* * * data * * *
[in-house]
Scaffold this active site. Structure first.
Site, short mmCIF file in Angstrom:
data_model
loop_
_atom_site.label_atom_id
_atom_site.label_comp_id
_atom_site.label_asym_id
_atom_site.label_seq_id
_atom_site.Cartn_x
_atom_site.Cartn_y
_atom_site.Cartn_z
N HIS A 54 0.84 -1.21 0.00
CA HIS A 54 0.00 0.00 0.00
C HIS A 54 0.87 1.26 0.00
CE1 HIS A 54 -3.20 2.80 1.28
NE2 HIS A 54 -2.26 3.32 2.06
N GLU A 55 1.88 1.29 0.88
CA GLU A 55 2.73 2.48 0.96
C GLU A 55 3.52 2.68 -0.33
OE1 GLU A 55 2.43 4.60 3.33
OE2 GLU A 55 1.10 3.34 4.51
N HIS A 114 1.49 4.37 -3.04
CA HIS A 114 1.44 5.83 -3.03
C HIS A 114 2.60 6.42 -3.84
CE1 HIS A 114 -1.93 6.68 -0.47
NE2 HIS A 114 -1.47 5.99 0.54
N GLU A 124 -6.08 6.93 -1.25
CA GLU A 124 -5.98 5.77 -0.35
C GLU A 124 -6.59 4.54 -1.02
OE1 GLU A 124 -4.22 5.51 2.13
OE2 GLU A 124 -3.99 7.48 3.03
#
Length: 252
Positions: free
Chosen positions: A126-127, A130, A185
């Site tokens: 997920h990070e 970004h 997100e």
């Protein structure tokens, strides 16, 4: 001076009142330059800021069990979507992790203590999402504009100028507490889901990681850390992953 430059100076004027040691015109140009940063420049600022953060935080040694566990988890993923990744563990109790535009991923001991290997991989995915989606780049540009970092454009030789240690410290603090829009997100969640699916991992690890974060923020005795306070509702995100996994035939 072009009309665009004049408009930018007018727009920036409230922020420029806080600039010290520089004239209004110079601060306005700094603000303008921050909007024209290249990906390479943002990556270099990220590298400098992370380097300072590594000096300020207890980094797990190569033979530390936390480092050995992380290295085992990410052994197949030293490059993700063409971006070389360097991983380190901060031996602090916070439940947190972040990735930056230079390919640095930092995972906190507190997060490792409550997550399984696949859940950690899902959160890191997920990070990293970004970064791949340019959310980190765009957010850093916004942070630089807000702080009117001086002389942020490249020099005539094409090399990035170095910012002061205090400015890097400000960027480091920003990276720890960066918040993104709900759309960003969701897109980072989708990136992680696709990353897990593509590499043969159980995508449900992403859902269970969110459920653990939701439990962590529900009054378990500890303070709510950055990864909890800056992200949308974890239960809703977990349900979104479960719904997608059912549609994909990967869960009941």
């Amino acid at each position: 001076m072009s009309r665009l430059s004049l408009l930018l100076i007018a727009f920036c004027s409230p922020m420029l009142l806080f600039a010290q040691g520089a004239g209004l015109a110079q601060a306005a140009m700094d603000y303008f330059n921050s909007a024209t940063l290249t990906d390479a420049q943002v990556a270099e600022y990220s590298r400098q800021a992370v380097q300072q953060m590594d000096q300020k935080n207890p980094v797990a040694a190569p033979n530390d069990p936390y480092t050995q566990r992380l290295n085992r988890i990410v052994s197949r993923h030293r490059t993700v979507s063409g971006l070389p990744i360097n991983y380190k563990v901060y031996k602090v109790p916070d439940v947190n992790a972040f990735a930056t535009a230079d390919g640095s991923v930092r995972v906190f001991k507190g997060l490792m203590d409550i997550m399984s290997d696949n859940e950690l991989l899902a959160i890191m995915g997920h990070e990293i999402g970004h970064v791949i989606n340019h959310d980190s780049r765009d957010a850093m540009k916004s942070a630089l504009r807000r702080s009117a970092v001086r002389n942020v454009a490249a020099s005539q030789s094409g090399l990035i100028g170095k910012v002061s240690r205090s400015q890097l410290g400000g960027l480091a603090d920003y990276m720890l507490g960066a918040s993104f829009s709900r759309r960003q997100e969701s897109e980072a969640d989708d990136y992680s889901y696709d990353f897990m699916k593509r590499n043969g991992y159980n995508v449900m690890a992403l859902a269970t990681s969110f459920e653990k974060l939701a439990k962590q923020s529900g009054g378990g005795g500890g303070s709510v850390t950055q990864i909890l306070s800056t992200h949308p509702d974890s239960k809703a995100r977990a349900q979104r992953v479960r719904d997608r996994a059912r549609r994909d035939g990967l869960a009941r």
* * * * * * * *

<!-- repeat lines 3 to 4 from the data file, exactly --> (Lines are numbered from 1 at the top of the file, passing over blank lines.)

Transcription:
Site, short mmCIF file in Angstrom:
data_model